As the capital city of the Amazonas province, Leticia is the largest city for hundreds of kilometers yet still looks and feels very much like a small frontier town. It's located on the Amazon River at the crossroads – or more accurately, the cross river – point where Colombia, Brazil and Peru meet. Leticia is located about 800km from the nearest Colombian highway.
Leticia was founded in 1867 as San Antonio. The origin of its current name has been lost to history. In any case, it was part of Peru until 1922 when both countries signed a controversial agreement that ceded the land to Colombia. In 1932 a war broke out between Colombia and Peru, finally ending in 1933 after the League of Nations negotiated a cease-fire, ultimately awarding Leticia to Colombia. In the 1970s Leticia became a lawless hub of narcotics trafficking until the Colombian army moved in and cleaned things up.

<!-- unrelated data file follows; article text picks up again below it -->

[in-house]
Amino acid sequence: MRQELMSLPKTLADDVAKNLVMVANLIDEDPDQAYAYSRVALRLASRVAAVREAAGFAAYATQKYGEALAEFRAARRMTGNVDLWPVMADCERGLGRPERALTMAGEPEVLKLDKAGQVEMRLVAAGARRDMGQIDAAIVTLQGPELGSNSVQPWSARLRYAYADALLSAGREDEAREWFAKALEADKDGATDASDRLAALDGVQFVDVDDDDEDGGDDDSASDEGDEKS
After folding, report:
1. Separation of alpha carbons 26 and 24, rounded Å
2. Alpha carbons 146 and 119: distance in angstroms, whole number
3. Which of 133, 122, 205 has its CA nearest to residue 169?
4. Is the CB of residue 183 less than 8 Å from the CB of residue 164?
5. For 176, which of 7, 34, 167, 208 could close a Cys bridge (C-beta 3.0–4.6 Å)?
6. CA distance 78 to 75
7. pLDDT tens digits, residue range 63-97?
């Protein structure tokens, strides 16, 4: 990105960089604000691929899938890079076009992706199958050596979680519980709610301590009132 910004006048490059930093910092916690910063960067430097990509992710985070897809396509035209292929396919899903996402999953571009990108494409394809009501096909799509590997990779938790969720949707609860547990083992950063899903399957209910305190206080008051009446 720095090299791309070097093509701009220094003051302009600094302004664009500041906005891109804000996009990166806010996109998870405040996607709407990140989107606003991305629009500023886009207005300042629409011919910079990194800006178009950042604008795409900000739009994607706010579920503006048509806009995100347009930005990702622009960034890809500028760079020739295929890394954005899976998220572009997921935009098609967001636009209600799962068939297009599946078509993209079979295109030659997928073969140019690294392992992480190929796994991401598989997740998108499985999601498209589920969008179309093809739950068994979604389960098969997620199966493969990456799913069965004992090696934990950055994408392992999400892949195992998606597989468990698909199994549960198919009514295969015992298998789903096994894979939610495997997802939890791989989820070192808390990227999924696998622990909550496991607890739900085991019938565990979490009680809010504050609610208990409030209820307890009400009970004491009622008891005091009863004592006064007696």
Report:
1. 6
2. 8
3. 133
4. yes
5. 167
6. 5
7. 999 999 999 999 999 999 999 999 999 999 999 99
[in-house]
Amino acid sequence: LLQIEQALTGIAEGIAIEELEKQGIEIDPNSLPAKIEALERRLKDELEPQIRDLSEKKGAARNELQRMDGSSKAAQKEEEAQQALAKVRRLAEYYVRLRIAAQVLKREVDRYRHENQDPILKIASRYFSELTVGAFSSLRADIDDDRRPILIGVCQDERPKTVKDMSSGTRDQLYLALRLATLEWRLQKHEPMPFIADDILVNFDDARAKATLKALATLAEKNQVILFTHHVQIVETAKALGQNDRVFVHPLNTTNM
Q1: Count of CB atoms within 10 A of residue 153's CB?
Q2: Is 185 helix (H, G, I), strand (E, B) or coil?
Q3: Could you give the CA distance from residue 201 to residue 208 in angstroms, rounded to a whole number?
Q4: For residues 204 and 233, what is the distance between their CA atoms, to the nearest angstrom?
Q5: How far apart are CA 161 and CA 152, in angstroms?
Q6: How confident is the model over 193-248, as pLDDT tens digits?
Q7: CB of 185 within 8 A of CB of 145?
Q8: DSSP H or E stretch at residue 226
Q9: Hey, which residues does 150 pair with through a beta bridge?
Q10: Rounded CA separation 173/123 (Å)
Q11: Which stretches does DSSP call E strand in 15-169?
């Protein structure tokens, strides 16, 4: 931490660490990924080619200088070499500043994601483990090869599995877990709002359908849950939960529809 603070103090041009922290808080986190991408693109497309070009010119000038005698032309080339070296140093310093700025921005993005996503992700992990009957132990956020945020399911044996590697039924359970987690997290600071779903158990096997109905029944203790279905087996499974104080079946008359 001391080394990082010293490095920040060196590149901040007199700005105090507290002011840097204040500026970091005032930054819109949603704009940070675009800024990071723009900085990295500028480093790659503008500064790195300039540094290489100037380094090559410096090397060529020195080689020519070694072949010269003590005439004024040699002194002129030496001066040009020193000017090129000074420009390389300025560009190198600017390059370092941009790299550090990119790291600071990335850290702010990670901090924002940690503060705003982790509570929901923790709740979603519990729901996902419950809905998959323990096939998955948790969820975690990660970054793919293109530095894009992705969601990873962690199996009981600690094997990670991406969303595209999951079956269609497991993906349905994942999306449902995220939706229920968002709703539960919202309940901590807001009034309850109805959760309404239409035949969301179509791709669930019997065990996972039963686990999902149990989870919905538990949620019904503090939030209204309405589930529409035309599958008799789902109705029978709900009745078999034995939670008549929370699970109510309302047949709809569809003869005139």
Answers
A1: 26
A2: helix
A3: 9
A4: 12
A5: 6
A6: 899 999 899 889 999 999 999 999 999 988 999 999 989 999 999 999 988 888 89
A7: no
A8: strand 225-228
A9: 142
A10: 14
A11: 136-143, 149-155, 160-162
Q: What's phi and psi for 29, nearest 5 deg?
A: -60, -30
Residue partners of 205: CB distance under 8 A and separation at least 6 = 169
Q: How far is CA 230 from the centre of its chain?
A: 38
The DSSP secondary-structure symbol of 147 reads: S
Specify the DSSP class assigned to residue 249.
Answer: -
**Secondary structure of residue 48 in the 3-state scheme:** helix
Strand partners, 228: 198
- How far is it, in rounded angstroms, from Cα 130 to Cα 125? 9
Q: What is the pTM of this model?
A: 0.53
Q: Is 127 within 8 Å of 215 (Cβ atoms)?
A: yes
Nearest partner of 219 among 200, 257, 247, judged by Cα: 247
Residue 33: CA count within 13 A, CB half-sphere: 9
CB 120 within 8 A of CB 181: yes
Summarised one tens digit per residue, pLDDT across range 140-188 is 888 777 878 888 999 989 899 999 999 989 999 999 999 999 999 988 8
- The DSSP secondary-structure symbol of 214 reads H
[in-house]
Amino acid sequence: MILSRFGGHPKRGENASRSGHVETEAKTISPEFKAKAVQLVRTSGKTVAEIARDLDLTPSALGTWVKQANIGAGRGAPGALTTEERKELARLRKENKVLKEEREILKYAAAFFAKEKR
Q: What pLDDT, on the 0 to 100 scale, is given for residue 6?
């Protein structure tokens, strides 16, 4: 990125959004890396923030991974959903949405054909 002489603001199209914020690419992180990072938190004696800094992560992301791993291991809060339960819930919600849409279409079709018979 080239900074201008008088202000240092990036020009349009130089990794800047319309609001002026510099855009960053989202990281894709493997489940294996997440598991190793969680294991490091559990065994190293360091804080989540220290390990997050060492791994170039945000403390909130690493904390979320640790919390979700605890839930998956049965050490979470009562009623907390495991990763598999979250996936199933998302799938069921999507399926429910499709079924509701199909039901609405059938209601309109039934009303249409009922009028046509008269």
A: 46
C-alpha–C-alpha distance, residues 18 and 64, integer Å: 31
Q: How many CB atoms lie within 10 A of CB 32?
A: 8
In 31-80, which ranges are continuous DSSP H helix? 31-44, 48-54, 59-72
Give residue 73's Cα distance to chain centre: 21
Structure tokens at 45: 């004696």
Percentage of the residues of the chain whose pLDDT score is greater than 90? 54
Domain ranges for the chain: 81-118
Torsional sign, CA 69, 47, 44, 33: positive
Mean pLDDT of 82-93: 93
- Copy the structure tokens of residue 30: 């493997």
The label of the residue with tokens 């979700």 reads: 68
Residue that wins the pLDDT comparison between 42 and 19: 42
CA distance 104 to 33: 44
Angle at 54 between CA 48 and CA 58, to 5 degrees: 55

Leticia is on the banks of the Amazon on the Colombia–Brazil border. Just across the frontier sits Tabatinga, a Brazilian town much the same size as Leticia, with its own airport and port – the main gateway for boats downstream to Manaus. Visitors can freely move between the two cities as well as the Brazilian city of Benjamin Constant, 25km downstream, and the Peruvian island of Santa Rosa opposite Leticia/Tabatinga. Travelers wishing to venture further into either country must meet immigration requirements.
Despite oppressive heat, humidity and man-eating mosquitoes, Leticia makes a pleasant base for exploring the rest of the Amazon.